In this interview at KCRW Bookworm, W.G. Sebald confessed his longtime attachment to Thomas Bernhard as an influence, mentor, and model. He also confessed to a longtime reluctance to confess his attachment to Bernhard for fear of being labeled simply a Bernhard derivative by those for whom it is convenient to attach such a label and use it to diminish the individuality of the work of a writer who simply has a less likely influence than another writer. (We rarely use “Chekhovian” or “Joycian” or “Faulknerian” as a critical diminutive, perhaps because they have influenced such a broad swath of writers that their own initial singularity has been diminished by the breadth of their influence.)
In a brief piece at Rain Taxi, Stephen Dixon writes about his frustration at comparisons to Bernhard, even while noting that in writing about Bernhard, he has “done what I’ve never done in print before, so far as I can remember, and my memory isn’t that good, and that is to plug the work of someone else and write even in the most exaggerated definition of the word an essay.”
After you read Bernhard for awhile, you notice things that remind you of him — the pages-long sentences, the way a lot of the stories are received stories told by a non-omniscient narrator — in other writers. The first time I read the “Conversations #” section in Philip Roth’s American Pastoral, I had read Dixon but not Bernhard, and I thought Roth might have appropriated the strategy of moving time rapidly forward through juxtaposed repetitions from Dixon, but then, after I read Bernhard, I thought about other things in American Pastoral–those long paragraphs, the way that the novel’s main movement is a received story that the narrator had got second-hand and was forced to reimagine–and thought Bernhard a more likely influence, conscious or not, knowing Roth’s longtime engagement with European fictions of moral interrogation.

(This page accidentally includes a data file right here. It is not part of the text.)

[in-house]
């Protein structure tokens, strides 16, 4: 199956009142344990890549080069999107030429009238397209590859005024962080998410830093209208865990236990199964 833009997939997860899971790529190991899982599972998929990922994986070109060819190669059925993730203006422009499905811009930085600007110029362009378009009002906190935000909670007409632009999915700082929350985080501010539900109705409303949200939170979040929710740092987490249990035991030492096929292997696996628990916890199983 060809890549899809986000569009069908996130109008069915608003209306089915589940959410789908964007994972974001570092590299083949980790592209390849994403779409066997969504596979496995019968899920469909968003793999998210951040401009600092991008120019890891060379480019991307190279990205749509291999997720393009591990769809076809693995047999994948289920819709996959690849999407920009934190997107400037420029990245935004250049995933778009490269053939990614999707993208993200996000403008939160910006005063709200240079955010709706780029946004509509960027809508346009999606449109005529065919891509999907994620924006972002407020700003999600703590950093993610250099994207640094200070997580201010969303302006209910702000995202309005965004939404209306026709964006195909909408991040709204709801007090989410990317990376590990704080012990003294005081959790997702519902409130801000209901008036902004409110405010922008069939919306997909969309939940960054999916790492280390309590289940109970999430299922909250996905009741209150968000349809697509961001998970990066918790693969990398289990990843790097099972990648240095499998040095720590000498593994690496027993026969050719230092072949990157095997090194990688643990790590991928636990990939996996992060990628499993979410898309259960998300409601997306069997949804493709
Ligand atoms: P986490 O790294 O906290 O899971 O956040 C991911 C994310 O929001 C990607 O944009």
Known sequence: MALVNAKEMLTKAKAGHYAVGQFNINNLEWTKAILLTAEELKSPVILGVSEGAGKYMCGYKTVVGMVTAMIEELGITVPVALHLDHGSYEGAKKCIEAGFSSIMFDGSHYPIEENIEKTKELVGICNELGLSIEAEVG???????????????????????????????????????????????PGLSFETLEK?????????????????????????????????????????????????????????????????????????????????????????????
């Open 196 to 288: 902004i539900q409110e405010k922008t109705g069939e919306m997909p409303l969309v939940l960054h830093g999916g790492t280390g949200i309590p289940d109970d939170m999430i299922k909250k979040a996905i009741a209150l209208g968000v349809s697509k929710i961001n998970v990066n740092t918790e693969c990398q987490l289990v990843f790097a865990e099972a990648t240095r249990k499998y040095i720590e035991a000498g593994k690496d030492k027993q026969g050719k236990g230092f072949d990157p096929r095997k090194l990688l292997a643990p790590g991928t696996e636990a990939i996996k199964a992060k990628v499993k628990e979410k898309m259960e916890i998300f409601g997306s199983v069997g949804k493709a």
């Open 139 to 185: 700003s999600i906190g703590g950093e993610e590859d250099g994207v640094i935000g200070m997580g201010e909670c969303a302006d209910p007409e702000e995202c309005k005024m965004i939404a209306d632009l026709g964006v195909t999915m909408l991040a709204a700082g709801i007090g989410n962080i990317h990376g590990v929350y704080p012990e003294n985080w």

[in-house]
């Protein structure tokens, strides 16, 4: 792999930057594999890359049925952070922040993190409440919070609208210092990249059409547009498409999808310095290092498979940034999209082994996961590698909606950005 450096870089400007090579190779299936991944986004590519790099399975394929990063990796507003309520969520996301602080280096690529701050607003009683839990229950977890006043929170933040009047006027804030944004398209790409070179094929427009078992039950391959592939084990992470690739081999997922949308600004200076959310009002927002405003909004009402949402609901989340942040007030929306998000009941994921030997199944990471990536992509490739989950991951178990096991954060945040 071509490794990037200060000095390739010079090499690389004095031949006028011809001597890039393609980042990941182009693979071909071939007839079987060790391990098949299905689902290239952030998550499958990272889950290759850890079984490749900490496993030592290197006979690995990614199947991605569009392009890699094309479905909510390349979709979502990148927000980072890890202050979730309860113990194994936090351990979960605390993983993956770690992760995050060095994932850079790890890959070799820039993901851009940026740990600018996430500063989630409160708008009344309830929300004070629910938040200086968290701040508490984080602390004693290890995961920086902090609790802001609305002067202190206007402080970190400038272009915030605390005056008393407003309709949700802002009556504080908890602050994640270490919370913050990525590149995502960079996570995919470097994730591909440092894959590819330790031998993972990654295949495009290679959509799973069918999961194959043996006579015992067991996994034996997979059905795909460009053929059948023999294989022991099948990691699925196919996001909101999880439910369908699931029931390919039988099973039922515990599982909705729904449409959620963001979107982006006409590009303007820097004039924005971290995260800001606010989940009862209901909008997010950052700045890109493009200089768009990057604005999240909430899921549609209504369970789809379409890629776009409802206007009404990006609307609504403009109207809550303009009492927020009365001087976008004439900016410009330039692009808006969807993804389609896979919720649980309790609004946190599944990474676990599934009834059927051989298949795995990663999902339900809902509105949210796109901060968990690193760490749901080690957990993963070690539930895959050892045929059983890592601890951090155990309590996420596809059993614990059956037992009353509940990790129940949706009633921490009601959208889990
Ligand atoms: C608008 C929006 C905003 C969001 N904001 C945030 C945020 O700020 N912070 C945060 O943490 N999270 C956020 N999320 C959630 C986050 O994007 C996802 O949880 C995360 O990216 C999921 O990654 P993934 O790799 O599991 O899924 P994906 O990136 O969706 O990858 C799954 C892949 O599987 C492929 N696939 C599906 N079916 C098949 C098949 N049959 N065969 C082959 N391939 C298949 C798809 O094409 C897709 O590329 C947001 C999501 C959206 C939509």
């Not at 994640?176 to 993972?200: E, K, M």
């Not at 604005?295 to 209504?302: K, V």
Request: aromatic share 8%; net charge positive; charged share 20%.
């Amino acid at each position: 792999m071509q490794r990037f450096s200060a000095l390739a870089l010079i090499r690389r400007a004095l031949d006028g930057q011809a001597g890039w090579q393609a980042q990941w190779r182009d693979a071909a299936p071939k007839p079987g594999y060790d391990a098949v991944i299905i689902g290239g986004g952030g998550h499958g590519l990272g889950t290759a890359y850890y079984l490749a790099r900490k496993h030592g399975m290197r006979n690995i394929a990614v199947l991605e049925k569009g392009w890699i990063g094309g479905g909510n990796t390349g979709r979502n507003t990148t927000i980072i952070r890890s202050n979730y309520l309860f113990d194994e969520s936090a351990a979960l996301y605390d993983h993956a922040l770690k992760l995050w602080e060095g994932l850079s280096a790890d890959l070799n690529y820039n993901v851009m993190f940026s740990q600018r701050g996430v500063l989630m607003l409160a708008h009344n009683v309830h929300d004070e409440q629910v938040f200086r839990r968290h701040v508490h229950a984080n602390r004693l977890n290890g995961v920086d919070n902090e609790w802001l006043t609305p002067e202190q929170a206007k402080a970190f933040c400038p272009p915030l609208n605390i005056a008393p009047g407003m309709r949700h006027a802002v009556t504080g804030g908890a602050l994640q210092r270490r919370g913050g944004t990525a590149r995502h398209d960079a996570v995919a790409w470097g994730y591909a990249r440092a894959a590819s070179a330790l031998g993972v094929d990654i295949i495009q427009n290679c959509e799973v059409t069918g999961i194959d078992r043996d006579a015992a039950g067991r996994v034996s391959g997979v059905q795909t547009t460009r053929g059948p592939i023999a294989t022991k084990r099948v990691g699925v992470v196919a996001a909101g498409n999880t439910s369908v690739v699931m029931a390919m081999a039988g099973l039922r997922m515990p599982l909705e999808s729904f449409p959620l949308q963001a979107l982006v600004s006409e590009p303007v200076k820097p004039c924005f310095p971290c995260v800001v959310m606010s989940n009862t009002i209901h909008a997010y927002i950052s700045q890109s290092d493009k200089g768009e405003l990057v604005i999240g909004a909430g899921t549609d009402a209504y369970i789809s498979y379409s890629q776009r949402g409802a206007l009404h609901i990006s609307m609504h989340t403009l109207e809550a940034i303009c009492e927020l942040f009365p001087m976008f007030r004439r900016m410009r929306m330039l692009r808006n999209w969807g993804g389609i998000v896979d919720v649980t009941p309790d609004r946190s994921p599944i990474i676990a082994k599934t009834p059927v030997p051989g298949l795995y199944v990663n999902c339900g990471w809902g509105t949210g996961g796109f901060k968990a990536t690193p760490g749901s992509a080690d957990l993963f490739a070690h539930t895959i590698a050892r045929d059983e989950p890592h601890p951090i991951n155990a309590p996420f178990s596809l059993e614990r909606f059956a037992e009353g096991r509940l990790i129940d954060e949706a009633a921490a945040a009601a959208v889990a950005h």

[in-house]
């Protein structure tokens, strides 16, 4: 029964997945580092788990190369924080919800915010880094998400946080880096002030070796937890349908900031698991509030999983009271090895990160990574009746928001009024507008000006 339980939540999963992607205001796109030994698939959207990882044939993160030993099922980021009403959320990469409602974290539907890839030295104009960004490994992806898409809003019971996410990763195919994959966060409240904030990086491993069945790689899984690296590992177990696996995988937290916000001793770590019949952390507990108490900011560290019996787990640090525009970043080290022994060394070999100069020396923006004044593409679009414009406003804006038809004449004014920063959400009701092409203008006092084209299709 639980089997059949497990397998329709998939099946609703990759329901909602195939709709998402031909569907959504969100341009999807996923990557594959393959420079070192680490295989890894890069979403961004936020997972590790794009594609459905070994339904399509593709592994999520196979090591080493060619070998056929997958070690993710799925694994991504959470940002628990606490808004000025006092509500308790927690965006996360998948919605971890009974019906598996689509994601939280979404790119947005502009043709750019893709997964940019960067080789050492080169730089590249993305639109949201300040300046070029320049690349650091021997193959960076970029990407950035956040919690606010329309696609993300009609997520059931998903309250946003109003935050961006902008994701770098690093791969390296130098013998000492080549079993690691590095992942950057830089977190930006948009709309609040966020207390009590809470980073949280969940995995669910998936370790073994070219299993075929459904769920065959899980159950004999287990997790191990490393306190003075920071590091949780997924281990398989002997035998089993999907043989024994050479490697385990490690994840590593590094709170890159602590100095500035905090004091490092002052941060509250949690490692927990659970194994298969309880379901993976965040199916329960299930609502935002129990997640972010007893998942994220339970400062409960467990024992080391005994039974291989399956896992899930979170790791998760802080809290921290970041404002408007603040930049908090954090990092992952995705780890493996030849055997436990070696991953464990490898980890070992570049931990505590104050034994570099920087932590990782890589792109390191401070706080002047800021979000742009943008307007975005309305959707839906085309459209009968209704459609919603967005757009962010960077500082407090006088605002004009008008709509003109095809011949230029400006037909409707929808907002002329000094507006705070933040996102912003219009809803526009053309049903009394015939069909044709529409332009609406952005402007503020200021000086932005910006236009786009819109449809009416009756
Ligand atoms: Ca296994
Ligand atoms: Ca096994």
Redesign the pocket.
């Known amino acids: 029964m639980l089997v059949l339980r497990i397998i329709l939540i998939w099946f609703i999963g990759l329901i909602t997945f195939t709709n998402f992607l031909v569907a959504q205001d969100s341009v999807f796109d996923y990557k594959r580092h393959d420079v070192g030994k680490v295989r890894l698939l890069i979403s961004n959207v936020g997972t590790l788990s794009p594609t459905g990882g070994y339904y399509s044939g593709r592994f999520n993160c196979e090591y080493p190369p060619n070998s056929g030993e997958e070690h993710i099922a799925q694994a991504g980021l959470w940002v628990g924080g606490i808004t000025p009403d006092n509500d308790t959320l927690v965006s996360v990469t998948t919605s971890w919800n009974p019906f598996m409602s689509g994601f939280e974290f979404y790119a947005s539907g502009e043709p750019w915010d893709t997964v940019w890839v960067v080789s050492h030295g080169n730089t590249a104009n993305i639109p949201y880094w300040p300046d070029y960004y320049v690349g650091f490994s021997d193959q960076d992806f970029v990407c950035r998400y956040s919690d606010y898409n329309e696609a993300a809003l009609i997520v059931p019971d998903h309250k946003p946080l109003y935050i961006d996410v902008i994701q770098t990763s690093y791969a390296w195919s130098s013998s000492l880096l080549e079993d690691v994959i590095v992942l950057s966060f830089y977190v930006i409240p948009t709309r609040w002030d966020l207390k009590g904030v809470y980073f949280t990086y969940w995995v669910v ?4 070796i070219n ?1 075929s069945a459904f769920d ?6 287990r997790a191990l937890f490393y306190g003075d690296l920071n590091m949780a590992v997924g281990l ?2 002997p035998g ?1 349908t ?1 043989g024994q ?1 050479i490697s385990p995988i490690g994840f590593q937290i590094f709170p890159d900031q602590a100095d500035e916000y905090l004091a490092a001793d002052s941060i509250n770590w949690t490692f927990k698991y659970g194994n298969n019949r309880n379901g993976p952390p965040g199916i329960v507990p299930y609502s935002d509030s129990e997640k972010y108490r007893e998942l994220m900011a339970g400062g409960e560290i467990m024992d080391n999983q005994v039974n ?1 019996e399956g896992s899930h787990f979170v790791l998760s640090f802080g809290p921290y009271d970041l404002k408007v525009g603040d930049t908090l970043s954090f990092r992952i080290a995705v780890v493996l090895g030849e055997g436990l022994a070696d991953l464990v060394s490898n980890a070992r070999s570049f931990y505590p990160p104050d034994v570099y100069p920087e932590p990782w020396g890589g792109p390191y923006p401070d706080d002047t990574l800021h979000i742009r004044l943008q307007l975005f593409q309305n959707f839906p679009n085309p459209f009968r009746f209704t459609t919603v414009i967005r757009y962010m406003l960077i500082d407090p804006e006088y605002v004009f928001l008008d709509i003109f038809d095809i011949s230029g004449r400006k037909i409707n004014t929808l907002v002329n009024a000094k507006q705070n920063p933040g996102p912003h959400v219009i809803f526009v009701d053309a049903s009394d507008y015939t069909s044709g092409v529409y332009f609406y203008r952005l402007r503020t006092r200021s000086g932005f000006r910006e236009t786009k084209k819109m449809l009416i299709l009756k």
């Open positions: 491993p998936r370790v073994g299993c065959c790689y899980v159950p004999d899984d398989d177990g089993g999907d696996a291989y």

None of these three writers–Roth, Dixon, or Sebald–ultimately produced books that feel, reading them, the way Bernhard feels. All three writers are less pessimistic, I think. Roth’s prose is warmer and more richly colored, and he means to entertain and bedazzle the reader in ways that Bernhard does not. Sebald seems to love life more deeply. And Dixon’s concerns are more often about the self thinking about his closest relationships, which gives his books — this is something I’ve never heard anyone say about Dixon, so maybe I’m wrong — a place among masters of the domestic such as John Updike, John Cheever, Anne Tyler, and Alice Munro.
It seems to me that every means, every style, structure, trope, tic, manner, and mode is appropriable by other writers toward new ends. Because Bernhard is a writer whose work operates so often outside the traditions that are right now ascendant influences among the competing strains of contemporary literature-making (he’s as different from Beckett or Lutz or Joyce as he is from Chekhov or Hemingway or Dickens or Faulkner), his work and his working methods seem especially ripe for fruitful reappropriation.